Thursday, November 17, 2011
Is light-touch regulation passé?
November 17, 2011
Following the crisis of 2008–09 a period of banking-sector vulnerability occurred in many countries. To what extent did this vulnerability result from light-touch banking regulation? This column examines the ‘unpleasant nexus’ between volatility and light-touch regulation and argues that the crisis proved that such regulation may not be able to reduce systemic risk to acceptable levels.
During the Great Moderation stable growth was associated with a high level of certainty with regard to the general framework in which economic agents were operating, both cyclically and structurally. At the structural level, an important role was given to improving market regulation, which was itself part of a more effective system of public governance (Kaufmann et al 2002). The regulation paradigm was clear: the more market-friendly – ie, the more light-touch – the better. Regulation should foster an environment that makes individual risk-taking easier, by contributing directly to the efficient allocation of resources at the microeconomic level which, in turn, leads to steady growth at the aggregate level. The relationship between stable growth and well-designed rules was supported by theory and by empirical research (see, for example, Acemoglu et al 2005, Barth et al 2004 and Levine 2005a).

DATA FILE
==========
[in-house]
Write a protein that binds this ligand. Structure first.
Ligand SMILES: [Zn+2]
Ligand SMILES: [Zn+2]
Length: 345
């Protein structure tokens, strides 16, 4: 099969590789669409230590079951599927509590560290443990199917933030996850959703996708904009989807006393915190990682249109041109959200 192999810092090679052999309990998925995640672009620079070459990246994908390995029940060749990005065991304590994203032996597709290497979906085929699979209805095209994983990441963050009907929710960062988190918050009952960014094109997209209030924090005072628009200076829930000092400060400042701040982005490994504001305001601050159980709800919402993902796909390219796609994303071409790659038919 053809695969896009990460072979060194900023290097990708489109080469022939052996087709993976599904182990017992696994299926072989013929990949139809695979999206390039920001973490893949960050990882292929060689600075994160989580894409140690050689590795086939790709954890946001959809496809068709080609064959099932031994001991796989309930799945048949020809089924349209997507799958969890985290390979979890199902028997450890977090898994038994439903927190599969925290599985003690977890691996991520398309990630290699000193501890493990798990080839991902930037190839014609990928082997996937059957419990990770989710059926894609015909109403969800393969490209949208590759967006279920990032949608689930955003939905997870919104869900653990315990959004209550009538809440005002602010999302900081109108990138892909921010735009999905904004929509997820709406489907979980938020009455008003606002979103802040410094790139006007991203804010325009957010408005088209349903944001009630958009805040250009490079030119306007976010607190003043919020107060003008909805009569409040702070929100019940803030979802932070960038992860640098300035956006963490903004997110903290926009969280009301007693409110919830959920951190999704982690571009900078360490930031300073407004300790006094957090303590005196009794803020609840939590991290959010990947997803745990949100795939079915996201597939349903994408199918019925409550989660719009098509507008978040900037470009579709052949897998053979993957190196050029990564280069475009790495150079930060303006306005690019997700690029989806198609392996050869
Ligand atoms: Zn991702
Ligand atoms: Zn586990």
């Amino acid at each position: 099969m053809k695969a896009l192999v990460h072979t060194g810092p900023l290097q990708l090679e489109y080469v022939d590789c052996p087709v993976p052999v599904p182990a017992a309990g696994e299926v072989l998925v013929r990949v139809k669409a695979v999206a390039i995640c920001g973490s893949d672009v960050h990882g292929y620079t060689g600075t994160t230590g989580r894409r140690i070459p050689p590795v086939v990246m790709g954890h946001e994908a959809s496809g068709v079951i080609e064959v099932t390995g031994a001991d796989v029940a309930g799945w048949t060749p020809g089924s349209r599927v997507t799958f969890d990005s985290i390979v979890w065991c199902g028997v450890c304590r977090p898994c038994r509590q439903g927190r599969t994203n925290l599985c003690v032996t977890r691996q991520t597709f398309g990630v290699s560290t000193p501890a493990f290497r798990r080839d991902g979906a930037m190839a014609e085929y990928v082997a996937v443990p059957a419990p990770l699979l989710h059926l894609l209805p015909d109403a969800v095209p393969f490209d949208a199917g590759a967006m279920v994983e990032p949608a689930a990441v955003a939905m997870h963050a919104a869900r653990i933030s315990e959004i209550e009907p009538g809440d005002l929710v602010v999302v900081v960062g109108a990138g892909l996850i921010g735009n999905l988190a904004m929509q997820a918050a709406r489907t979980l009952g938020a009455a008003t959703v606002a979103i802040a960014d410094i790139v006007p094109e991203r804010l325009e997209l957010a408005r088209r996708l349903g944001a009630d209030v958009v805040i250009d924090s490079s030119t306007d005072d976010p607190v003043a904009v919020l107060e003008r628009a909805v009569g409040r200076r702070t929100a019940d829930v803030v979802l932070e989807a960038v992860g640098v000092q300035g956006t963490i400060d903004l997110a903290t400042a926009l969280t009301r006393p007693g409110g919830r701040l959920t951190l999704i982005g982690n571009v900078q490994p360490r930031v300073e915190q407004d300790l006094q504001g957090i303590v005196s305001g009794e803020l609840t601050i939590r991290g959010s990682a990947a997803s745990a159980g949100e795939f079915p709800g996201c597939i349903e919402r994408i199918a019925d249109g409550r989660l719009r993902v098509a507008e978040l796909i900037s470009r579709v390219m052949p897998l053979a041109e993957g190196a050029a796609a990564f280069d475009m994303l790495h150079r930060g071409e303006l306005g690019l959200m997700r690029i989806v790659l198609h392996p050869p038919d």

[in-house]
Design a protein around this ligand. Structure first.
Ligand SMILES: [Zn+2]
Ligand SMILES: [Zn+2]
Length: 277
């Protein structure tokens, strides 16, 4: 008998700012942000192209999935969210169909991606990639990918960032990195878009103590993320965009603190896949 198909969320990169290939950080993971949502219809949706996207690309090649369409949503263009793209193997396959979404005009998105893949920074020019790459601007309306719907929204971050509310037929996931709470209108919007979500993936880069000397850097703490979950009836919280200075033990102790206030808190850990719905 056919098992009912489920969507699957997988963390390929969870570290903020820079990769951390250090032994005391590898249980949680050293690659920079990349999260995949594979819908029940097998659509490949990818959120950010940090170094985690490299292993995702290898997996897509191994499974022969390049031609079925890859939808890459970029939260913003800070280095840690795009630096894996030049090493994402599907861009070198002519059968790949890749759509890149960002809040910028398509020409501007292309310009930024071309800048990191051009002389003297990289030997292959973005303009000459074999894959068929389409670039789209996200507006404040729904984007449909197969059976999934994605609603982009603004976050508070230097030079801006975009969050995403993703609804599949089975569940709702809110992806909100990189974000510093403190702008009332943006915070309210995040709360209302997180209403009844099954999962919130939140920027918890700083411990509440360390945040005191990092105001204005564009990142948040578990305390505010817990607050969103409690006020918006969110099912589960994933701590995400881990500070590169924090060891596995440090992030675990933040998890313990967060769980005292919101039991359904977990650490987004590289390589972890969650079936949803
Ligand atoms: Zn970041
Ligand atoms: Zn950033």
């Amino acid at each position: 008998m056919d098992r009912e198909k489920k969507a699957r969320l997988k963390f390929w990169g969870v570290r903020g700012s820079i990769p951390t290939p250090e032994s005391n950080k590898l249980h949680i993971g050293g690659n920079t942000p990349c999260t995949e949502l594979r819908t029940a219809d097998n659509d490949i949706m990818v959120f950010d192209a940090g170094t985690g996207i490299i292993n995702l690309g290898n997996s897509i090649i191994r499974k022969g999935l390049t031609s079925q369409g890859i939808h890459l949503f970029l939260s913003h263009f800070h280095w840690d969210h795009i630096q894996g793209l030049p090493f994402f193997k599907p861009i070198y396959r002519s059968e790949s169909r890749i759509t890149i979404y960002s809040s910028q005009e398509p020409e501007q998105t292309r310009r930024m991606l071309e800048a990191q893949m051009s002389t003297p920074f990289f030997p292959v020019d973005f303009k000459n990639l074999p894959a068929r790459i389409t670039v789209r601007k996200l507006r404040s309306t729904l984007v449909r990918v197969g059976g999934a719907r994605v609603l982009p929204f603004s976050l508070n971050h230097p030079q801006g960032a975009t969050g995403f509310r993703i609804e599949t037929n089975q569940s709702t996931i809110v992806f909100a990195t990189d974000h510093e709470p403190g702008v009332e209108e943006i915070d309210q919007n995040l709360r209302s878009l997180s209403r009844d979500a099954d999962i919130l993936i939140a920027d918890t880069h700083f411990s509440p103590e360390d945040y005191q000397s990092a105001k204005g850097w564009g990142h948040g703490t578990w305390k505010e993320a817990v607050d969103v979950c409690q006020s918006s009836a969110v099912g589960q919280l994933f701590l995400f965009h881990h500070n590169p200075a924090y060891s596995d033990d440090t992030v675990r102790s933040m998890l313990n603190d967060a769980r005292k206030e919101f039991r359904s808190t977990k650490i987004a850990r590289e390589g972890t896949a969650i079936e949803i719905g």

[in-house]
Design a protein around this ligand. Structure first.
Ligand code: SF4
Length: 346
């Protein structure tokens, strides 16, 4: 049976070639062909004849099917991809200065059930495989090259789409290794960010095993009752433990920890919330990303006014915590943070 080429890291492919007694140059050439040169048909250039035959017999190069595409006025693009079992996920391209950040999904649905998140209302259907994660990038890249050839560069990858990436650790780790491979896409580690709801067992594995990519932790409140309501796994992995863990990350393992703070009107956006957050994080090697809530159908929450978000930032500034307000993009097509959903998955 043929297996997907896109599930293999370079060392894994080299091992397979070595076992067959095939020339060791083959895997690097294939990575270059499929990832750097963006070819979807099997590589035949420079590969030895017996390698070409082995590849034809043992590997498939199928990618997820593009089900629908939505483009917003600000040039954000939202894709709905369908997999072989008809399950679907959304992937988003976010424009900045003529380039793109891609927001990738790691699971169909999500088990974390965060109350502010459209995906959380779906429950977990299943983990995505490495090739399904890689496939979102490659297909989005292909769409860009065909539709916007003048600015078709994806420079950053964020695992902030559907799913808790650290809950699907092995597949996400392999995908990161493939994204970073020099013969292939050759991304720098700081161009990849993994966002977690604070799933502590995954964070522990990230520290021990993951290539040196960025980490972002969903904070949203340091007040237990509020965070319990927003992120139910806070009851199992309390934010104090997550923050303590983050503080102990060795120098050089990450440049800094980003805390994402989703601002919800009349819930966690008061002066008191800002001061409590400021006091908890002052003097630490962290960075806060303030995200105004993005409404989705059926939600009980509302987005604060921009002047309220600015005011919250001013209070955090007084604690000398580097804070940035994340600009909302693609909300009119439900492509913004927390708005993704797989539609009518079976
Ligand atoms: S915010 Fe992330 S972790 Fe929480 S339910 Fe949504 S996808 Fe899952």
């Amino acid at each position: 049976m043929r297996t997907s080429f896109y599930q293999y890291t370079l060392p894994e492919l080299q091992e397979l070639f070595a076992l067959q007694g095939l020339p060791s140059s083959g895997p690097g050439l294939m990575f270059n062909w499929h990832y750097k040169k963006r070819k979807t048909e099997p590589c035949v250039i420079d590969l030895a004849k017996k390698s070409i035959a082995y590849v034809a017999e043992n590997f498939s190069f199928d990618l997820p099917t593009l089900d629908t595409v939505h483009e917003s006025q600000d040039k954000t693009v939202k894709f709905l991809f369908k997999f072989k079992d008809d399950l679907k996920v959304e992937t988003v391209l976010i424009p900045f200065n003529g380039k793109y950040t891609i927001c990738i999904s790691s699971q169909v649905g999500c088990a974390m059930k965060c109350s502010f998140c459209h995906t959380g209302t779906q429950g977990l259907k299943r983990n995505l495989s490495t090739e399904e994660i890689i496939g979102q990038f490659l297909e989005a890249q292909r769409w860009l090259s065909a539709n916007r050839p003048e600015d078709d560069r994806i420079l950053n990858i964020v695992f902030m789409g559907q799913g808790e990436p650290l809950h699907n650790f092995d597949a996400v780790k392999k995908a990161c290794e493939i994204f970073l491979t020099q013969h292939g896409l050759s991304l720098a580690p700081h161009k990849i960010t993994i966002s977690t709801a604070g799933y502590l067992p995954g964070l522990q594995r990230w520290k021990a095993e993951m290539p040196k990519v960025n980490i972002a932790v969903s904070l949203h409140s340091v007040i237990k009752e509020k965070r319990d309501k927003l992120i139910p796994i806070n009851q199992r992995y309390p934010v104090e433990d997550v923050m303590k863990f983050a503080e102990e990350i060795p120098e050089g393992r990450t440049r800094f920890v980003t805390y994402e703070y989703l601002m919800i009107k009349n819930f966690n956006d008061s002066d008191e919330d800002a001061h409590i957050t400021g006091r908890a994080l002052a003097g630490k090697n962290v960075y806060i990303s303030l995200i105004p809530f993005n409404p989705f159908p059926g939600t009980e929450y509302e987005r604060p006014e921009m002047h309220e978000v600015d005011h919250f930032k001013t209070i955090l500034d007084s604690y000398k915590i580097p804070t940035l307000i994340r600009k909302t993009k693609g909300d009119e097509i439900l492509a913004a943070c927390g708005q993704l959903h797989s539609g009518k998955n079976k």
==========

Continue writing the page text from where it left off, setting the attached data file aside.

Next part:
How the crisis called light-touch regulation into question
The crisis shattered this prevailing framework, to the extent that light-touch regulation – designed in order to optimise individual risk-taking – can be seen to have produced a negative externality by creating greater systemic risk and, therefore, a cost in terms of the volatility of growth itself. If there were robust clues to the existence of a correlation between light-touch regulation and the fall in growth, we could infer that such regulation does not automatically warrant optimal risk-taking, at least from a systemic point of view, as it had previously been assumed until 2007.
The issue of country vulnerability to the crisis has only recently entered the arena of economic analysis and has been conducted, until now, at a purely empirical level. A number of cross-section studies covering a large number of economies (see Dalla Pellegrina and Masciandaro forthcoming) reveal that regulation appears to be robustly associated with resilience. But this result is rather surprising, given that light-touch regulation appears to be inversely correlated with resilience.
Posted by Yulie Foka at 10:30 PM